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Hutchinson Internment Camp Letter 8th August 1940 (Full Text)

Hutchinson Internment Camp,
Douglas, I.o.M.
8th August 1940,

Sir Kenneth Clark,
c/o National Gallery
Trafalgar Square,
LONDON.

Sir,

The undrrsigned interned artists – painters and sculptors of acknowledged merit and standing – have noticed with dismay and indignation they are not so much as mentioned in the 'White Paper' enumerating the eighteen categories of internees who may make applications for release to the competent authorities.

Since scientific and research workers are advised to apply to the President of the Royal Society or to the President of the British Academy, we infer by analogy that we artists should apply for protection to your distinguished person as the authority best qualified to judge the merits of our individual cases.

It is hardly necessary to point out to you that we refugee artists hare come to this country, because the freedom of our artistic conscience and creative intelligence was threatened, nay annihilated by the tyranny of the Nazi government in Germany as well as in the countries invaded by the Germans, such as Austria, Norway, the Netherlands etc., to which some of us had fled from Nazi oppression.

There are men amongst us whose works, adorning the public places and building for which they had been commissioned and executed, were smashed, blown up and defaced by the Nazi oppressors, and who have thus been more deeply wounded and hurt than if they had been subjected to bodily ill-treatment. They have come to this country in order to breathe the air of freedom without which art cannot thrive. They have shown in private and public exhibitions what they can contribute to the artistic life of England and the Empire, and they were happily engaged in the exercise of their professions – when the blow fell, and men of the most unquestionable devotion to this country and the Ideals for which it professes to fight, found themselves suddenly behind barbed wore and under conditions which made it impossible for them to pursue their lawful creative avocations.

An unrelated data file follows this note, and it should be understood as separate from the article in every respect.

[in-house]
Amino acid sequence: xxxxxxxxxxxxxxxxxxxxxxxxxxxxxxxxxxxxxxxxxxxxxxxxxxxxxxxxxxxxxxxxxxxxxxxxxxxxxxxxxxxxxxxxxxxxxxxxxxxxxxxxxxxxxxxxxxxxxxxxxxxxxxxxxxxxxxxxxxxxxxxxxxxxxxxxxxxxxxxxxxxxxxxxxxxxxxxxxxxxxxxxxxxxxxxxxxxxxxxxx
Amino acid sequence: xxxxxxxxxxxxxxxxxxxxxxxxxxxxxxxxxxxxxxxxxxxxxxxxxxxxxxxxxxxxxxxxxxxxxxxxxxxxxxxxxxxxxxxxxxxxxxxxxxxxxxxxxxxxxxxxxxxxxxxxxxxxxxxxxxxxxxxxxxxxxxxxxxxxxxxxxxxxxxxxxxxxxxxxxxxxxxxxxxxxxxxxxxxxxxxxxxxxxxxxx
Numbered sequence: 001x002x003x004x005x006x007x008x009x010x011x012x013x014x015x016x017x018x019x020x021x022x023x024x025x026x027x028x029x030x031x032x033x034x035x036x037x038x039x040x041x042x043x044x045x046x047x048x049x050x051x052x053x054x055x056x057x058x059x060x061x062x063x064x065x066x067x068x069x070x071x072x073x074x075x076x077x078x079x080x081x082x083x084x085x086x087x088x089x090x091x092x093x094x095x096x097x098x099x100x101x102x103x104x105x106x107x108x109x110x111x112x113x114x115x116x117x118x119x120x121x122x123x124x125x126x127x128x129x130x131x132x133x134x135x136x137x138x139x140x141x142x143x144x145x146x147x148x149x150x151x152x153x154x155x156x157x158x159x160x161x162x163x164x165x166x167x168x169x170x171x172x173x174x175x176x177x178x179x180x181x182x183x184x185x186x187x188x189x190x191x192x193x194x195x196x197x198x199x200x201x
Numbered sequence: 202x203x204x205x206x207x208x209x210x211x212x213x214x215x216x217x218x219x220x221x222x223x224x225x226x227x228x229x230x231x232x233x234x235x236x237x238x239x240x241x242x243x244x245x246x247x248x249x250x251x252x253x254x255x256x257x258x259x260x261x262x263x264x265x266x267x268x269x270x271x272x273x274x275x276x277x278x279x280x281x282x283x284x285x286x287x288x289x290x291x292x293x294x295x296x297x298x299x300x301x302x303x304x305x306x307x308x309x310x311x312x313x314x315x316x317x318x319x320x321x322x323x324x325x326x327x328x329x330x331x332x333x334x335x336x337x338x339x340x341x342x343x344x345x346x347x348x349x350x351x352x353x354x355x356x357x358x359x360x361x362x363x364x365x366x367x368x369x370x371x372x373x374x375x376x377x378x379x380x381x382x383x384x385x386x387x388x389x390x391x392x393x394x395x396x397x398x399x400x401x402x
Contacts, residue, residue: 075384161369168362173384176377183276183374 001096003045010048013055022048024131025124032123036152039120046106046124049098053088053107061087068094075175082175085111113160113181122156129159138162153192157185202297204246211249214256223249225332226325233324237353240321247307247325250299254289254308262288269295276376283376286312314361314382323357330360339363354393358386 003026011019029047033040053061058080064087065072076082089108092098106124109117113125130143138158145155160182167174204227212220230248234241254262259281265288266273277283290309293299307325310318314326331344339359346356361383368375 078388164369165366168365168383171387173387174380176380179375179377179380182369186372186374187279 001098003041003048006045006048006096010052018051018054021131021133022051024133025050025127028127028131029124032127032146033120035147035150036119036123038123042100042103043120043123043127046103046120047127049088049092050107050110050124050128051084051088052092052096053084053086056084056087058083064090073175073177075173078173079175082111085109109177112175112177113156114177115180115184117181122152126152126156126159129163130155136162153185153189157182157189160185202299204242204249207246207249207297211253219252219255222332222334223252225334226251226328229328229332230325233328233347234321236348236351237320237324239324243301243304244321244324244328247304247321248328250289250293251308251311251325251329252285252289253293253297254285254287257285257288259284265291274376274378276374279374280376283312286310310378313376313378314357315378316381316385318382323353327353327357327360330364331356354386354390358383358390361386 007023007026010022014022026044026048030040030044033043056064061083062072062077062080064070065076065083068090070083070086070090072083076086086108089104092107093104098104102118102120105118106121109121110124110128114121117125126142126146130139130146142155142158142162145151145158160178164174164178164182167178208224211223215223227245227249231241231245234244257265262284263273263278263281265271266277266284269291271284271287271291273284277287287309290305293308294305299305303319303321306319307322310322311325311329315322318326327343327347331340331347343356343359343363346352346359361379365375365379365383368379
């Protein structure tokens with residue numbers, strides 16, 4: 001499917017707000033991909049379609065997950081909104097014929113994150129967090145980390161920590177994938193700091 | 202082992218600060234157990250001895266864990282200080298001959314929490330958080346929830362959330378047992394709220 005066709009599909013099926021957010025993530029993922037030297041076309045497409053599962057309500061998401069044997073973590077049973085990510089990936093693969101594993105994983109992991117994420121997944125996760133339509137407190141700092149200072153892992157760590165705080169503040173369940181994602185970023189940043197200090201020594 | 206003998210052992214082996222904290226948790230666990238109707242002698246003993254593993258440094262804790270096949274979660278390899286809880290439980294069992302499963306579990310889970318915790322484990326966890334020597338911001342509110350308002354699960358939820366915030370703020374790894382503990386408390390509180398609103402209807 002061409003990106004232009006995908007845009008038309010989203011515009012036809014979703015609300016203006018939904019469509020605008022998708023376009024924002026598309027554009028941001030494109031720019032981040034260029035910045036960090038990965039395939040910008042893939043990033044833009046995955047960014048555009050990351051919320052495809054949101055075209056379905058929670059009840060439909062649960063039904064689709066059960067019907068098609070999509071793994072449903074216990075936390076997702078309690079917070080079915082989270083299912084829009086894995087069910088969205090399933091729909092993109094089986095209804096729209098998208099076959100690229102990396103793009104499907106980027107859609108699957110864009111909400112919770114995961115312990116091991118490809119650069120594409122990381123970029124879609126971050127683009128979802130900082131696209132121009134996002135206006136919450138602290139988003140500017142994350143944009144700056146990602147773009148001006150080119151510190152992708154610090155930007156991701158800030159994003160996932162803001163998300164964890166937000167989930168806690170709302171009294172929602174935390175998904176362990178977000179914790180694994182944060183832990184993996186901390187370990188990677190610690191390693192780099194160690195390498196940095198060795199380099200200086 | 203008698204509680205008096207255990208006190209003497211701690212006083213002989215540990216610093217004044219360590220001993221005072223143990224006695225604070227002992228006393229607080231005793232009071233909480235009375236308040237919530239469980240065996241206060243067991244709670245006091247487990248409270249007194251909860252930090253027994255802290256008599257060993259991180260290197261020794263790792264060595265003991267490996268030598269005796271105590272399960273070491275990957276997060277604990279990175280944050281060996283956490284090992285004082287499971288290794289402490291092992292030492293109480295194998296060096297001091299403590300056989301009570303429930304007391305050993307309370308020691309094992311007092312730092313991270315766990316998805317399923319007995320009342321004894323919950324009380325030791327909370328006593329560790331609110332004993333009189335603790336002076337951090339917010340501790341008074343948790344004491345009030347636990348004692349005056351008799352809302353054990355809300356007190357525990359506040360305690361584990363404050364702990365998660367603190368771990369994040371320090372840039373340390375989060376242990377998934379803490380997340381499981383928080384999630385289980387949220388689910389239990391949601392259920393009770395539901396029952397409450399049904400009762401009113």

May they not, Sir, appeal to you for your protection, analogous to the help which the Royal Society and the British Academy are supposed to extend to the distinguished scientists interned in this and similar camps? Could you not, and would you not, Sir, exert your influence with the Advisory Committee set up by the Home Office, so as to obtain the inclusion of artists among the categories of internees eligible for release?

Thanking you most sincerely for anything you could see you(r) way to do for us,

We are, Sir,

Your obedient Servants,

The letter is signed by the following Ernst M. Blensdorf, Kurt Schwitters, Ernst Schwitters, Siegfried Charoux, Paul Hamann, Fritz Kraemer, Hermann Roessler, Carl Felkel, Fred Uhlman, Erich Kahn, Fred Solomonski, Erich E. Stren, Georg Ehrlich, Hellmuth Weissenborn, and Hermann Fechenbach.